[feeling well-]pleased by [my] own hands. (26) [3783]

I can’t even [start] to spend the
harvest46 of that seed well-planted,47
that karma I did well for him,
well done by me so long ago.48 (27) [3784]

My gains were well-obtained be me
who saw the Leader [of the World];
through the remainder of that deed,
I realized the deathless state. (28) [3785]

Having come to know all of that,
Gotama, Bull of the Śākyas,
seated in the monks’ Assembly
[has] placed in that foremost place. (29) [3786]

In the vast number of aeons
since I did that karma back then,
I’ve come to know no bad rebirth:
that is the fruit of medicine. (30) [3787]

My defilements are [now] burnt up;
all [new] existence is destroyed.
All defilements are exhausted;
now there will be no more rebirth. (31) [3788]

My being in Buddha’s presence
was a very good thing for me.
The three knowledges are attained;
[I have] done what the Buddha taught! (32) [3789]

The four analytical modes,
and these eight deliverances,
six special knowledges mastered,
[I have] done what the Buddha taught! (33) [3790]

Thus indeed Venerable Bakkula Thera spoke these verses.

The legend of Bakkula Thera is finished.


  1. Apadāna numbers provided in {fancy brackets} correspond to the BJTS edition, which contains more individual poems than does the PTS edition dictating the main numbering of this translation.

  2. “Two-families Bi-Kin” (see DPPN II:261). Also spelled Bākula, Vakkula. A historical monk, renounced at the age of eighty and attained arahantship on the eighth day. As a child, swallowed by a fish and later recovered from its belly. Remembered for providing medicines to Buddhas and monks in previous lifetimes; named the best in good health by the Buddha of this era. Also remembered as a monk who practiced asceticism without preaching it to others. Subject of the Bakkula-sutta (M.iii.124ff), in which he describes his eighty years as a monk (he dies at the age of 160).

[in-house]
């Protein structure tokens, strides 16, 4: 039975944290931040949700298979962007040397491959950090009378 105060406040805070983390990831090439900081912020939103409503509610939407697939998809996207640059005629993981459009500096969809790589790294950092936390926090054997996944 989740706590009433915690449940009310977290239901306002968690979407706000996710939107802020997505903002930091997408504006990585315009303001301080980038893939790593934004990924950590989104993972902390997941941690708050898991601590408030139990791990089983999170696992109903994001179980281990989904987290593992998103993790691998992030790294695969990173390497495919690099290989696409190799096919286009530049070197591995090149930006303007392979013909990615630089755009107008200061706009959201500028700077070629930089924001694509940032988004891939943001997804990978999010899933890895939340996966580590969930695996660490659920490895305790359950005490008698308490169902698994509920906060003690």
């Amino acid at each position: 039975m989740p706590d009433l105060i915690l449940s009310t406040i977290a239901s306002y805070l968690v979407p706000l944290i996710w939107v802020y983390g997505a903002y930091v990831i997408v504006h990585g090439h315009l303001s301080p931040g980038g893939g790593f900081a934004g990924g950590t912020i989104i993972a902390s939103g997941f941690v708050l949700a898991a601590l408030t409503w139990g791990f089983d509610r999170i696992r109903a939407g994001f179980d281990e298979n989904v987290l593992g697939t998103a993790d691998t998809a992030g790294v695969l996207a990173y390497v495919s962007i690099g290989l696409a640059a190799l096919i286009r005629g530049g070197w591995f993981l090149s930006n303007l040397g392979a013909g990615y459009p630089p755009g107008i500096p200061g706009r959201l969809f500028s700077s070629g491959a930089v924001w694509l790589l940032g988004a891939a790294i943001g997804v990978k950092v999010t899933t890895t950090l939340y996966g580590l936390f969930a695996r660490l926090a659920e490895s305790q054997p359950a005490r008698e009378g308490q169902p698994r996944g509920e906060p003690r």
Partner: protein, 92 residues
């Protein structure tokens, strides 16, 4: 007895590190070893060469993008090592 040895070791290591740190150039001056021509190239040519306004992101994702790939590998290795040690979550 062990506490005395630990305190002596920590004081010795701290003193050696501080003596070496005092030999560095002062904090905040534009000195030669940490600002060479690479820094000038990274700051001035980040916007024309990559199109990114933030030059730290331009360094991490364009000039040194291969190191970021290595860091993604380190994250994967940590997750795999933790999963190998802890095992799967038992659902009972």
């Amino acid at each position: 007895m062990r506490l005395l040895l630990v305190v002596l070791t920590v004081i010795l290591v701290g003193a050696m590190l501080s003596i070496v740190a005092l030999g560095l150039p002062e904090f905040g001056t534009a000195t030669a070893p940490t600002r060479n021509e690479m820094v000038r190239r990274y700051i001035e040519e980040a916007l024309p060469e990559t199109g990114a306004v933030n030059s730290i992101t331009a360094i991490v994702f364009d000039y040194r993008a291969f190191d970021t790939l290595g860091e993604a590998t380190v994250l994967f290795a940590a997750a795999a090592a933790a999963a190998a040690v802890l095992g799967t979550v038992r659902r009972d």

3. reading tattha with BJTS for PTS tatthā (presumably a typo)

  4. sindhuvārita, Vitex negundo, a.k.a. Horshoe vitex, Five-leaved chaste tree

  5. reading kapitthā with BJTS for PTS kapiṭṭhaŋ, Feronia elephantum, Sinh. divul

  6. lit., “trees there,” reading tattha with BJTS for PTS tatthā (presumably a typo)

  7. at [3321] BJTS treats this as the name of a special type of jak-fruit. It means, “life-lifer,” also (as jivaṃjīvaka) the name of a bird (a type of pheasant, according to RD) whose call is similar to the sound “jīvaṃ jīvaṃ.”

  8. a kind of tree, Vitex nigunda. Sinh: nika

  9. lit., “trees there,” reading tattha with BJTS for PTS tatthā (presumably a typo)

  10. badarā, Zizyphus jujuba. RD: “not unlike a crabapple in appearance & taste, very astringent, used for medicine A i.130=Pug 32; A iii.76; Vin iv.76; J iii.21; DhsA 320 (cited among examples of acrid flavours); VvA 186.”

  11. reading badarāmalakāni with BJTS for PTS badarā malakāni. Āmalaka = Sinhala nelli, phyllanthus emblica, emblic myrobalan, Indian gooseberry.

  12. Sinh. boraḷu damanu, a species of Eugenia.

  13. alābū = Sinh. puhul (ash-pumpkin) or labu (gourd). Cone specifies that it is bottle-gourd, Lagenaria vulgaris. Also spelt alāpū

  14. puṇḍarīkā

  15. beluvā = Aegle marmelos, beli geḍiya, bael, bel, Bengal quince; bilva or vilva tree; billā

  16. kadali

  17. mātuluṅgakā, elsewhere mātuluṅgiya

  18. mahānāmā. Following BJTS Sinhala gloss as uk, sugarcane, Sacchcharum officinarum (Gram.)

  19. ajjuṇā (a.k.a. kakudha, Sinhala kumbuk gasa, kubuk, Terminalia arjuna) is an impressively large, shade-giving tree that thrives on the edges of tanks and lakes. PTS spells the term ajjunā.